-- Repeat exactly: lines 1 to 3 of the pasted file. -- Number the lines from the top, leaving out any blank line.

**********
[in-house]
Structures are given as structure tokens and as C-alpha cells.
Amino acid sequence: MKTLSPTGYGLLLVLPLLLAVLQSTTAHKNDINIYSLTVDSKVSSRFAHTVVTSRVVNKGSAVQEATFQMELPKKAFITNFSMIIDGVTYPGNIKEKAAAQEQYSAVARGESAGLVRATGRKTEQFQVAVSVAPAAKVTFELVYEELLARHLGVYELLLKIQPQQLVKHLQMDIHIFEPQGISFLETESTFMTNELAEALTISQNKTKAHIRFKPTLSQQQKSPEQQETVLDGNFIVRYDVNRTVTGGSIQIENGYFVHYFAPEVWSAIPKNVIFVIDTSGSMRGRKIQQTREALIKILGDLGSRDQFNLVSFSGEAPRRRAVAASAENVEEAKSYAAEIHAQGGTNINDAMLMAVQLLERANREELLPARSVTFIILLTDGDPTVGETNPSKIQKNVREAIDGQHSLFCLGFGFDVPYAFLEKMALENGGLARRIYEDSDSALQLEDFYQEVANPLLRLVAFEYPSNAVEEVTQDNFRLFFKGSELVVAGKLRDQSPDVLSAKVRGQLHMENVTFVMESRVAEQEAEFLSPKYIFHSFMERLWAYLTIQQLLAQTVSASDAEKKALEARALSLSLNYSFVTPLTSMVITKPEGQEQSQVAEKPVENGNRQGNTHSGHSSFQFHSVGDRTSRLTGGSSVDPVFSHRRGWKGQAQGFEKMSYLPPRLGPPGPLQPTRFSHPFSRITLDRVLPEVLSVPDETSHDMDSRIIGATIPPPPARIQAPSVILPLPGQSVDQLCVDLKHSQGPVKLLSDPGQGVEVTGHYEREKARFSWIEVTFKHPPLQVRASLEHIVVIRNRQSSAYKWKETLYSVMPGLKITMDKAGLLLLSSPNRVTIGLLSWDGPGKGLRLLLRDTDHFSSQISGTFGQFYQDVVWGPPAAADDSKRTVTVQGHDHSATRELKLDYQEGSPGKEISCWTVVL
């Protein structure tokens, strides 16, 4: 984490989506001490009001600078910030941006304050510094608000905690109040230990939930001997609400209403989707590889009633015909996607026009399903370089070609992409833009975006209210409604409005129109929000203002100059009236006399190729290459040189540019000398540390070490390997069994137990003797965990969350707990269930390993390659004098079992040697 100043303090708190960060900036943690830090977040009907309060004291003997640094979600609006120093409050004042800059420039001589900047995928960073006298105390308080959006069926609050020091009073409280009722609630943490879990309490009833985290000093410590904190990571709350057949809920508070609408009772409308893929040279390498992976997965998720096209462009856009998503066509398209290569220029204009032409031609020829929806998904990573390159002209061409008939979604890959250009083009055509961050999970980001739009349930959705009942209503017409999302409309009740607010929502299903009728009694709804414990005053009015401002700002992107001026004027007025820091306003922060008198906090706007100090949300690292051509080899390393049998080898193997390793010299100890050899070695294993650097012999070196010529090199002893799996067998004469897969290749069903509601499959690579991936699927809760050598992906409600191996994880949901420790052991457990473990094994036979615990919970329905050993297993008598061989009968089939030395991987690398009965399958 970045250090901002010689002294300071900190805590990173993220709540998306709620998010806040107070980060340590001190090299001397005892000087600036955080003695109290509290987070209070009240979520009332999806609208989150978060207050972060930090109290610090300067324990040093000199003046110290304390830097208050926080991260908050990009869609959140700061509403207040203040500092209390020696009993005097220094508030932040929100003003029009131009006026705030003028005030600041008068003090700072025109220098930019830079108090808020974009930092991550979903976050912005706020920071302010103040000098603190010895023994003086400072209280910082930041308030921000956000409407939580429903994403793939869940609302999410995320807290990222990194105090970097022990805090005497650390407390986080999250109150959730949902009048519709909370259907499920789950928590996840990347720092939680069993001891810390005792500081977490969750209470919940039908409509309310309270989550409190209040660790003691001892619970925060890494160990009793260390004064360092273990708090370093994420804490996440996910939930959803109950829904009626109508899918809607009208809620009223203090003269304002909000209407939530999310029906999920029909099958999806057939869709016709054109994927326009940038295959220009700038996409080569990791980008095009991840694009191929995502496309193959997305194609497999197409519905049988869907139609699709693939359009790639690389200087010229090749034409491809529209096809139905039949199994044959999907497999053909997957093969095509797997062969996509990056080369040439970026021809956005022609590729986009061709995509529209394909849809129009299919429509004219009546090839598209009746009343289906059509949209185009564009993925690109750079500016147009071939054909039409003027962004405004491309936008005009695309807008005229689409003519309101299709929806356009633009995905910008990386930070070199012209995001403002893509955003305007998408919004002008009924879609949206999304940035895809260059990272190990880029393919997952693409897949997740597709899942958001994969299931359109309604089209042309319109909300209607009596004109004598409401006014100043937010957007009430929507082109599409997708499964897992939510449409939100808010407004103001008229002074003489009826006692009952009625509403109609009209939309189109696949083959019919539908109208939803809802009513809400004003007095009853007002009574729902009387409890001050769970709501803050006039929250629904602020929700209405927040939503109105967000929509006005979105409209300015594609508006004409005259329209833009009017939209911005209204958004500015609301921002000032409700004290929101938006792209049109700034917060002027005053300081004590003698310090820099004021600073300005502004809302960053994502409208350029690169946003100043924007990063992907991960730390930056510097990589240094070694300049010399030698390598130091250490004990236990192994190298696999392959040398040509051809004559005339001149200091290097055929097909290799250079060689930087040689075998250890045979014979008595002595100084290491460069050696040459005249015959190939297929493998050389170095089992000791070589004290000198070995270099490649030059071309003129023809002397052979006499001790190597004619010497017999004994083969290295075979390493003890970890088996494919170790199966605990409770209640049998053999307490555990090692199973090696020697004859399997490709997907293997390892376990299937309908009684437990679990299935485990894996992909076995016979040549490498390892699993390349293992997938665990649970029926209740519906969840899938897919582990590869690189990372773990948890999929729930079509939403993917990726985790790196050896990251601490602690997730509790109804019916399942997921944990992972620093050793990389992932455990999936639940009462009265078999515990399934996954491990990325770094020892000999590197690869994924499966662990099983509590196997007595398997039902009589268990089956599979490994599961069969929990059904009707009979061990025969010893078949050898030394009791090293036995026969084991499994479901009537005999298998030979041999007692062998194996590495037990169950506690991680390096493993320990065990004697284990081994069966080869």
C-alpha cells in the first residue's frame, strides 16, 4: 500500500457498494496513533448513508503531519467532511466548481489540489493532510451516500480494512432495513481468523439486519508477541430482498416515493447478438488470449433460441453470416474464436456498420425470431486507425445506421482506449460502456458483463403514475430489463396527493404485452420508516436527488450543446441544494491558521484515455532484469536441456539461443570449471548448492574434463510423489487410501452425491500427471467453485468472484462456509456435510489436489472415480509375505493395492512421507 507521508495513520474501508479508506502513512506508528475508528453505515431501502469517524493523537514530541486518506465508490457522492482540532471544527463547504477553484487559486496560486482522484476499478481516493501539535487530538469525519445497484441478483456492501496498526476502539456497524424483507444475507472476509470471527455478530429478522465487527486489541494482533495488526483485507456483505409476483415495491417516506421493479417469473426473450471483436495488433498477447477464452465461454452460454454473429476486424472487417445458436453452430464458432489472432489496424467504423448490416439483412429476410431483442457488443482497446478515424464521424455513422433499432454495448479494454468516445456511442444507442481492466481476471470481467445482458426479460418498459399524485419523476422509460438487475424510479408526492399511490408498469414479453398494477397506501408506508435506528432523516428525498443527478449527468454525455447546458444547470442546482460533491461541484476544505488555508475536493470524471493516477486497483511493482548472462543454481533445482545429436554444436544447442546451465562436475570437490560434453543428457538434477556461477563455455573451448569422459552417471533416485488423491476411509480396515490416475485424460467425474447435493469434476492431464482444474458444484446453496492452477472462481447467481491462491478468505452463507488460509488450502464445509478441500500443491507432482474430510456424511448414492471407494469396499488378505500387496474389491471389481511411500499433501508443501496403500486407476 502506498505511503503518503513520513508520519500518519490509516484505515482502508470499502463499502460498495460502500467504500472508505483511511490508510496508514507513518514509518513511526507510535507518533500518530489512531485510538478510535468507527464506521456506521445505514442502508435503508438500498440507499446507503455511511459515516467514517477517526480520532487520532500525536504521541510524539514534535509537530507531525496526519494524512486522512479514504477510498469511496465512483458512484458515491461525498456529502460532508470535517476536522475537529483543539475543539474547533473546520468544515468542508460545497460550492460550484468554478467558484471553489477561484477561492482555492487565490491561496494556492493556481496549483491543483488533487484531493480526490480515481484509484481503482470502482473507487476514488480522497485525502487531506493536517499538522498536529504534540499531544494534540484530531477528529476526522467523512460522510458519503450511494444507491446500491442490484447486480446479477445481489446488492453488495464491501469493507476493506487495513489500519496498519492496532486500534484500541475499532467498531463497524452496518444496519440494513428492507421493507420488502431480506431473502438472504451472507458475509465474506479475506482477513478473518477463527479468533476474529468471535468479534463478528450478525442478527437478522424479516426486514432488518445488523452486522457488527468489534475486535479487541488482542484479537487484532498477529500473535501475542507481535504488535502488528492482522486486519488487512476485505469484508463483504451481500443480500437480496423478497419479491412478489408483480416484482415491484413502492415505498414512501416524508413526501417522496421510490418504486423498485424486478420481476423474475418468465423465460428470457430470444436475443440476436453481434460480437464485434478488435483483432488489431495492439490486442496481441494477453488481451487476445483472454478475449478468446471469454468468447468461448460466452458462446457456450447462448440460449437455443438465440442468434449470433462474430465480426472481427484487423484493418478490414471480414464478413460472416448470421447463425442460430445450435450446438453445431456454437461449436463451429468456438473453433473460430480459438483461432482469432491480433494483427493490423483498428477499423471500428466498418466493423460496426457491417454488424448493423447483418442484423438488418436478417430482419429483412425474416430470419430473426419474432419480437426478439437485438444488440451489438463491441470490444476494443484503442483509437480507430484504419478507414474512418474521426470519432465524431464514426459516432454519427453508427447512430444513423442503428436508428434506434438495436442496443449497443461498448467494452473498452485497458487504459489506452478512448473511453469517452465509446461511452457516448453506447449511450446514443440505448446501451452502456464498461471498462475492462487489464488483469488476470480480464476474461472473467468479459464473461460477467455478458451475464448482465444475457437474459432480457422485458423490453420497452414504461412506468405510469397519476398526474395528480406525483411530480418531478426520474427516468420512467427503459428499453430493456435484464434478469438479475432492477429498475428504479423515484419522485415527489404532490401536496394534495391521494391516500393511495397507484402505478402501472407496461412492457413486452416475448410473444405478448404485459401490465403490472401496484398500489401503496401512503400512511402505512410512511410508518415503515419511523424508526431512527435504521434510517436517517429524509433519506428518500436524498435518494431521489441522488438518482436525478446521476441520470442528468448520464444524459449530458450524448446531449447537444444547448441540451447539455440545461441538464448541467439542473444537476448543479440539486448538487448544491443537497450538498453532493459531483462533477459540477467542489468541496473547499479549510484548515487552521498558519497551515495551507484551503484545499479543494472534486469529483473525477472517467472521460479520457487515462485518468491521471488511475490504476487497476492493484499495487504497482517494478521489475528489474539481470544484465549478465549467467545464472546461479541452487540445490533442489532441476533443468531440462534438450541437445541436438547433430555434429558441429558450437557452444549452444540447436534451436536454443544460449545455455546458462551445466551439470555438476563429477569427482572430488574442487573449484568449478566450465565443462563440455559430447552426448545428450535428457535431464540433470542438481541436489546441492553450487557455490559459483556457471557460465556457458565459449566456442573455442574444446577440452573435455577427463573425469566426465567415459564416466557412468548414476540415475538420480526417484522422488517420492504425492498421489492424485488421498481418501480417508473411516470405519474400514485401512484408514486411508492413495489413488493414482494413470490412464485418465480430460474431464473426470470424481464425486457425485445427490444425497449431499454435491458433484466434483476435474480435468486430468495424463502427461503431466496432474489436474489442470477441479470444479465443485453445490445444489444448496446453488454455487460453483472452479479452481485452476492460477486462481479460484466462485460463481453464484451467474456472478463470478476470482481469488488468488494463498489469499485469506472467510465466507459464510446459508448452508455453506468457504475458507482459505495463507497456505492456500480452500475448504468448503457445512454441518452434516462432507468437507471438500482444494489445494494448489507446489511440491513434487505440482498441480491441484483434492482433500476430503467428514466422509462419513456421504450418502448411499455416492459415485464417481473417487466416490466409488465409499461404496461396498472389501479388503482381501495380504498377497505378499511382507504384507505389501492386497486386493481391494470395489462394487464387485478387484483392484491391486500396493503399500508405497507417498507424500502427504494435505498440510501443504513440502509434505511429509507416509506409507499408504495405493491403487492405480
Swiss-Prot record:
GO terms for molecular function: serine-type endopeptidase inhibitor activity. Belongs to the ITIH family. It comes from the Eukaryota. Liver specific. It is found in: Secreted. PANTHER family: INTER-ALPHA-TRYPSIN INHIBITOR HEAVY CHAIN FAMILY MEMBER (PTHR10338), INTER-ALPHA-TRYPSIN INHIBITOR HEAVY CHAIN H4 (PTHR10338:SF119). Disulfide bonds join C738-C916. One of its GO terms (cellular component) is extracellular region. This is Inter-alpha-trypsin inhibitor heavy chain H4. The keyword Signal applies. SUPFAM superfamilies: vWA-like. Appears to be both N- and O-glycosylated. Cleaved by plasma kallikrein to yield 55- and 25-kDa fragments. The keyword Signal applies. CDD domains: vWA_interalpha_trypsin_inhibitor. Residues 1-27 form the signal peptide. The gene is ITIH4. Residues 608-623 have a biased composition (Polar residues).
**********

[in-house]
Structures are given as structure tokens and as C-alpha cells.
Amino acid sequence: MKTLSPTGYGLLLVLPLLLAVLQSTTAHKNDINIYSLTVDSKVSSRFAHTVVTSRVVNKGSAVQEATFQMELPKKAFITNFSMIIDGVTYPGNIKEKAAAQEQYSAVARGESAGLVRATGRKTEQFQVAVSVAPAAKVTFELVYEELLARHLGVYELLLKIQPQQLVKHLQMDIHIFEPQGISFLETESTFMTNELAEALTISQNKTKAHIRFKPTLSQQQKSPEQQETVLDGNFIVRYDVNRTVTGGSIQIENGYFVHYFAPEVWSAIPKNVIFVIDTSGSMRGRKIQQTREALIKILGDLGSRDQFNLVSFSGEAPRRRAVAASAENVEEAKSYAAEIHAQGGTNINDAMLMAVQLLERANREELLPARSVTFIILLTDGDPTVGETNPSKIQKNVREAIDGQHSLFCLGFGFDVPYAFLEKMALENGGLARRIYEDSDSALQLEDFYQEVANPLLRLVAFEYPSNAVEEVTQDNFRLFFKGSELVVAGKLRDQSPDVLSAKVRGQLHMENVTFVMESRVAEQEAEFLSPKYIFHSFMERLWAYLTIQQLLAQTVSASDAEKKALEARALSLSLNYSFVTPLTSMVITKPEGQEQSQVAEKPVENGNRQGNTHSGHSSFQFHSVGDRTSRLTGGSSVDPVFSHRRGWKGQAQGFEKMSYLPPRLGPPGPLQPTRFSHPFSRITLDRVLPEVLSVPDETSHDMDSRIIGATIPPPPARIQAPSVILPLPGQSVDQLCVDLKHSQGPVKLLSDPGQGVEVTGHYEREKARFSWIEVTFKHPPLQVRASLEHIVVIRNRQSSAYKWKETLYSVMPGLKITMDKAGLLLLSSPNRVTIGLLSWDGPGKGLRLLLRDTDHFSSQISGTFGQFYQDVVWGPPAAADDSKRTVTVQGHDHSATRELKLDYQEGSPGKEISCWTVVL